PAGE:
DOC to reduce tahr numbers to protect alpine plants
Archived content: This media release was accurate on the date of publication.
IntroductionDOC is stepping up efforts to control Himalayan tahr across the central South Island as numbers have reached destructive levels.
Date: 18 September 2018
Tahr graze at high altitudes in the Southern Alps/Kā Tiritiri o te Moana where they feed most intensively on tall snow tussock and kill entire plants.
New monitoring data gathered over 18 months has highlighted the population is much higher than expected and the Minister of Conservation, Eugenie Sage has asked for it to be reduced urgently.
“It’s estimated there are at least 35,600 tahr on public conservation land and that’s 25,600 more than allowed under the Himalayan Thar Control Plan 1993 for the whole of the tahr range,” says Eastern South Island Operations Director, Andy Roberts.
DOC is aiming to remove 10,000 tahr over the next ten months. Tahr control will take place on public conservation land including the Westland/Tai Poutini and Aoraki Mt Cook National Parks.
“We will first be focusing on the Rakaia, Rangitata, Gammack and Two Thumb ranges where there are large numbers of tahr,” says Andy Roberts.
DOC controls tahr by running aerial operations with professional DOC hunters in helicopters. DOC, recreational and commercial hunting groups have together been removing an average of about 4,600 tahr each year.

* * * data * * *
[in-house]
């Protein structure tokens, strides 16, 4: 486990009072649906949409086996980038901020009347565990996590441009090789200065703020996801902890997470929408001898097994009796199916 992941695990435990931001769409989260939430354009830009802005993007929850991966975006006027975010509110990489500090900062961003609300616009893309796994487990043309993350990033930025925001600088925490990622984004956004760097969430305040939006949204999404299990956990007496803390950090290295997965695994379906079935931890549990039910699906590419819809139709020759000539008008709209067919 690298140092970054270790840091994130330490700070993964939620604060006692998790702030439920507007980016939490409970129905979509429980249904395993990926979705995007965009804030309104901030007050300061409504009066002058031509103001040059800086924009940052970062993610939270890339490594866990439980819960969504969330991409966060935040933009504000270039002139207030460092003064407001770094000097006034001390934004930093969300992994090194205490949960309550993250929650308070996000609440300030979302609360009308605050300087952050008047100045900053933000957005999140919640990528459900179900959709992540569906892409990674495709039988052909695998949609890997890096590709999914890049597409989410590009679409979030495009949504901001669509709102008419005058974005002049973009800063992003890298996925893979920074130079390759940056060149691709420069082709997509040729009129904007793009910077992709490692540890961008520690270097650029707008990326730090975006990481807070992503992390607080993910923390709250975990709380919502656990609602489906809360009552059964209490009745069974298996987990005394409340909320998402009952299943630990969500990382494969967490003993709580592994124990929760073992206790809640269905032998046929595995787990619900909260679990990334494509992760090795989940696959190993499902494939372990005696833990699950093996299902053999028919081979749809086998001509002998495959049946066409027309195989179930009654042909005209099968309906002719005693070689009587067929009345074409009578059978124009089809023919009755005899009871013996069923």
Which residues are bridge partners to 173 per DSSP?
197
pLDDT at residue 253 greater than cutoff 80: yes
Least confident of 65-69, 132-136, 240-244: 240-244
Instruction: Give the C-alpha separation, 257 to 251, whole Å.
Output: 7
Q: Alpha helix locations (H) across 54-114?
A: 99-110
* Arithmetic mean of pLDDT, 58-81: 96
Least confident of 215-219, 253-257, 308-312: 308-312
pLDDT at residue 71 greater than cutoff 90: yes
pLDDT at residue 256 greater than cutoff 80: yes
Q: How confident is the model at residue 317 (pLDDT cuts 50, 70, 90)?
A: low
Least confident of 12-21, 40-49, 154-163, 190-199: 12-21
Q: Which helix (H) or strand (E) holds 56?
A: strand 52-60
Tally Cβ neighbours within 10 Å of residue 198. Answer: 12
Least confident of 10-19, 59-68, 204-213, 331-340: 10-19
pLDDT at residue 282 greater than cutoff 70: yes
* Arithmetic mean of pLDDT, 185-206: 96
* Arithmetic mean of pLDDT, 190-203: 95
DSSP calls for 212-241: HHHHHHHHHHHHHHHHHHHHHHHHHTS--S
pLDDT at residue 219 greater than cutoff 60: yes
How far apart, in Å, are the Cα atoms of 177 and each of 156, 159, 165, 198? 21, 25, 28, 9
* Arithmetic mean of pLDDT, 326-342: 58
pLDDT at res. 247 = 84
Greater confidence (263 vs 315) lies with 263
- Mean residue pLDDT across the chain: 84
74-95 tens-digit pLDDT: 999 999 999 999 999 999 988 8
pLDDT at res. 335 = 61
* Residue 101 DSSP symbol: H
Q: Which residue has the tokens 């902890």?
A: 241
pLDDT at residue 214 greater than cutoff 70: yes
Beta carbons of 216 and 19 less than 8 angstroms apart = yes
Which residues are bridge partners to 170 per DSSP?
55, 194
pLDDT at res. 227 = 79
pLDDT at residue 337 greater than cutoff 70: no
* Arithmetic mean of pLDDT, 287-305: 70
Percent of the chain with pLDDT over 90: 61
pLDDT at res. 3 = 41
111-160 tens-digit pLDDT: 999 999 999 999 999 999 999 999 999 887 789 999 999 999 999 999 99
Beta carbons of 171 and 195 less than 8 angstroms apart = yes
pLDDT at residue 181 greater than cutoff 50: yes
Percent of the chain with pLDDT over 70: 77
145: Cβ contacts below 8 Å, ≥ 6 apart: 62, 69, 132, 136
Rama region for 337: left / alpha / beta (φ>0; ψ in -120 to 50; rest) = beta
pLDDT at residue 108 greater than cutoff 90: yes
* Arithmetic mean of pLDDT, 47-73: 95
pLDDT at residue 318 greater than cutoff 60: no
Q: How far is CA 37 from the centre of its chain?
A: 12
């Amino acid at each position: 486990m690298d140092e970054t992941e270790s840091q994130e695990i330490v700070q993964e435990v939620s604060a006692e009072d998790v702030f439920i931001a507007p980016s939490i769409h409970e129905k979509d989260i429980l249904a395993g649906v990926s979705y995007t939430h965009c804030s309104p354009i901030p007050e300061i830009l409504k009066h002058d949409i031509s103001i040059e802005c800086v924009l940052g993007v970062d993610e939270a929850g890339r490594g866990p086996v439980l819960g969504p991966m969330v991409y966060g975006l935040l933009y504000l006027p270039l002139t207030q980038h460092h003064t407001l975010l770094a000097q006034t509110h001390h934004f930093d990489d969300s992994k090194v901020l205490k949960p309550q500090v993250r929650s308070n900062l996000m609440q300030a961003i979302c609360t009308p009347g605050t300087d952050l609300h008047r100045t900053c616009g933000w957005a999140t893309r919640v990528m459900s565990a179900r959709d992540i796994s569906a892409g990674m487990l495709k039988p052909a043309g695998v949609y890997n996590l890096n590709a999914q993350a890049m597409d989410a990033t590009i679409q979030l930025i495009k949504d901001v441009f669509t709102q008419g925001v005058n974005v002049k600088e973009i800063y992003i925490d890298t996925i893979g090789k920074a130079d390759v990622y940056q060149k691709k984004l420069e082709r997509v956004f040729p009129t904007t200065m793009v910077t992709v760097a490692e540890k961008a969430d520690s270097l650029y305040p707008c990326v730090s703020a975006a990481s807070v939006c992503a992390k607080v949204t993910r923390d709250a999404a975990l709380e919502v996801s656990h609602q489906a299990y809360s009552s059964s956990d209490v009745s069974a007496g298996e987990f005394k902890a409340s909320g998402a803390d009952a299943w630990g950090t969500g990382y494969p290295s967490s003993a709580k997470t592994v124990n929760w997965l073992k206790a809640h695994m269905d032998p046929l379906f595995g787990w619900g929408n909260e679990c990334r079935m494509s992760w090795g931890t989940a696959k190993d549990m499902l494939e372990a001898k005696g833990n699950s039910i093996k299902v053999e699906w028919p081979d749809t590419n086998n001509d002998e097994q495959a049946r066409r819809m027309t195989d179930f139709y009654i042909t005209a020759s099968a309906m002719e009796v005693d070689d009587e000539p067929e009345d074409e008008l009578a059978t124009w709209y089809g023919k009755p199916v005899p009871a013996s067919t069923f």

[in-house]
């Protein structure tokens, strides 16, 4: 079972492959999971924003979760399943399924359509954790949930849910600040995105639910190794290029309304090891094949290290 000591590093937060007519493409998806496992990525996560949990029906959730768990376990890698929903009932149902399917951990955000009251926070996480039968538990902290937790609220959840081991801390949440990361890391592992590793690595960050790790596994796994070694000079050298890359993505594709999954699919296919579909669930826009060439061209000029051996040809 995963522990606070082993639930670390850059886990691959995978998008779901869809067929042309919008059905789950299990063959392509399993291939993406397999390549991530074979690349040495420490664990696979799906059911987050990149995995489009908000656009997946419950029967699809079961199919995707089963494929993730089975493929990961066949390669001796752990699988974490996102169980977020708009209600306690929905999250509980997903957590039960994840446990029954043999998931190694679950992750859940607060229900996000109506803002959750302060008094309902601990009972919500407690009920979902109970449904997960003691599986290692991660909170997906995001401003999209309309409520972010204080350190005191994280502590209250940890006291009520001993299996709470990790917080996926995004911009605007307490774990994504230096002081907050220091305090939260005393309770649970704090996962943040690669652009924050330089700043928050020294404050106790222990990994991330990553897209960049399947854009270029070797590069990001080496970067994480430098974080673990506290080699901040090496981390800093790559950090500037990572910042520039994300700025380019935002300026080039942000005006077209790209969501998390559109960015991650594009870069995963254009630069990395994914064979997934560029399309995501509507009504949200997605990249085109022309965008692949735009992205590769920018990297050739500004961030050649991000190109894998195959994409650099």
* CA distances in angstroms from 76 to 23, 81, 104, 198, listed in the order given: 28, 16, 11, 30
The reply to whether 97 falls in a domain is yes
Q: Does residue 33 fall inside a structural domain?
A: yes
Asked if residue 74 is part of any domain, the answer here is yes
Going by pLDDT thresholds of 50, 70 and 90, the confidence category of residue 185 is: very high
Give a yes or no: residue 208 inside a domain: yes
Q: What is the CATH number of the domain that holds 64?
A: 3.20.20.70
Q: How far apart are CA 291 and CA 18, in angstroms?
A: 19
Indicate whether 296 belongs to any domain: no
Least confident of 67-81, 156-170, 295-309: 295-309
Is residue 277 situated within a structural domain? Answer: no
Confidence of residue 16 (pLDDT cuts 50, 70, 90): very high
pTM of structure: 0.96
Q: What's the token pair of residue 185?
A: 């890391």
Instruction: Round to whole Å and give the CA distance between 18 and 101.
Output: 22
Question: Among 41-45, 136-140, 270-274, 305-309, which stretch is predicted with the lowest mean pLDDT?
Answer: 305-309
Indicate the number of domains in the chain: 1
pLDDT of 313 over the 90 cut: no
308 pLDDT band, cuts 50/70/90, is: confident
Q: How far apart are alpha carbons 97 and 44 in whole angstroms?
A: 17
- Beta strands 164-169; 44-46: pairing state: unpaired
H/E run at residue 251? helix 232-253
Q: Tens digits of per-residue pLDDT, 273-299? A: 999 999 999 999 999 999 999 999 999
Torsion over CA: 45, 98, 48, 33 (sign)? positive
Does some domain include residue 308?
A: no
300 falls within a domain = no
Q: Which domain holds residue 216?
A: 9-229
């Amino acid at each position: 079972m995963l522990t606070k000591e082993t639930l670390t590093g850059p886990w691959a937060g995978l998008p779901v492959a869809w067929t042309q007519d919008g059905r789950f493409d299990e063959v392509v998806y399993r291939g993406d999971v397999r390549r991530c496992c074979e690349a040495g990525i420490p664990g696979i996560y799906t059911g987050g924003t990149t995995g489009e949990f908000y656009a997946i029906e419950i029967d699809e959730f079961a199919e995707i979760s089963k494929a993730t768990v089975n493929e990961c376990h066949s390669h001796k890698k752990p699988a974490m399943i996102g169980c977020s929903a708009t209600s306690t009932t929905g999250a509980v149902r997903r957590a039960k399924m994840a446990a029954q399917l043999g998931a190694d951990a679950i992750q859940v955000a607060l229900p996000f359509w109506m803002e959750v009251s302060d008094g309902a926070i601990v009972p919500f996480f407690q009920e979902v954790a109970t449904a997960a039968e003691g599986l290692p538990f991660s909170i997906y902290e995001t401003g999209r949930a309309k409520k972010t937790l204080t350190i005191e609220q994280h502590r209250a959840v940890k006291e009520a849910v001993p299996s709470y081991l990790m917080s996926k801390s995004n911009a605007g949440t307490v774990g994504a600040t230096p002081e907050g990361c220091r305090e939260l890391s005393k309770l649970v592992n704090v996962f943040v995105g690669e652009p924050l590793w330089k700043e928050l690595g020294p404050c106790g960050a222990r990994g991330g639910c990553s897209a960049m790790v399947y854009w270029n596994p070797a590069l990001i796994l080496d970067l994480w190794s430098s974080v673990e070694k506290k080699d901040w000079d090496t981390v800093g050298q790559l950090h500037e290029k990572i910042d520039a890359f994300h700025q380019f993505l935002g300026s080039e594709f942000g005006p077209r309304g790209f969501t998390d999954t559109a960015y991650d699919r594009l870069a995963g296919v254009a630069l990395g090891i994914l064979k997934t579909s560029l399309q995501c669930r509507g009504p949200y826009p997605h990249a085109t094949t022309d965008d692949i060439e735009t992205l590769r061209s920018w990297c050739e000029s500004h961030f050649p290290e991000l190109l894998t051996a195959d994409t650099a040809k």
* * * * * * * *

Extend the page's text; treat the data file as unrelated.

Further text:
“This hasn’t been enough to keep the population under control and we need to be doing more.”
The Tahr Liaison Group (made up of organisations with hunting interests and conservation groups along with Ngāi Tahu), has been asked to assist DOC in bringing tahr numbers back to within the limits set in the Thar Control Plan by hunting an additional 7500 animals over the next seven and a half months.
“This joint effort to remove 17,500 animals will stabilize the current population. We will need to continue to increase our combined efforts over the next few years to reduce these numbers further.”
DOC first raised concerns about tahr not being counted effectively in 2015. A new monitoring programme was launched with data gathered over 18 months. The result was the new estimate of 35,000 tahr across conservation land of the central South Island.
A new tahr webpage will assist hunters so they can make informed decisions on where they would like to go hunting. It will feature maps showing the locations of DOC aerial control operations and details on where tahr can be found.
Key facts and links:
- The Tahr Liaison Control Group is made up of organisations with hunting interests and conservation groups. Members include, NZ Deer Stalkers Association, Game Animal Council, Safari Club International, Professional Hunting Guides Association, Forest and Bird, Ngāi Tahu, LINZ, Wild Animal Recovery Operators, Federated Mountain Club, Aerial Assisted Trophy Hunting and tahr farmers.
- DOC held a meeting with the Tahr Liaison Group in Christchurch on 29 August 2018.
- Following this meeting and feedback from the group letters have been sent out to members.
- Each group has been asked to remove a target number of tahr from public conservation land before 30 April 2019.
- The target number of tahr for each of the stakeholder groups are:
- 2,500 by the NZ Deerstalkers Association, Safari Club International, Game Animal Council and Tahr Interest Group
- 3,000 by the Wild Animal Recovery Operators
- 1,500+ by Aerial Assisted Trophy Hunting concessionaires, using the offsets owed to DOC
- 500 by the Professional Hunting Guides Association.
- 10,000 by DOC from all management units, excluding the two national parks.
- DOC will recommence tahr control work before 30 September.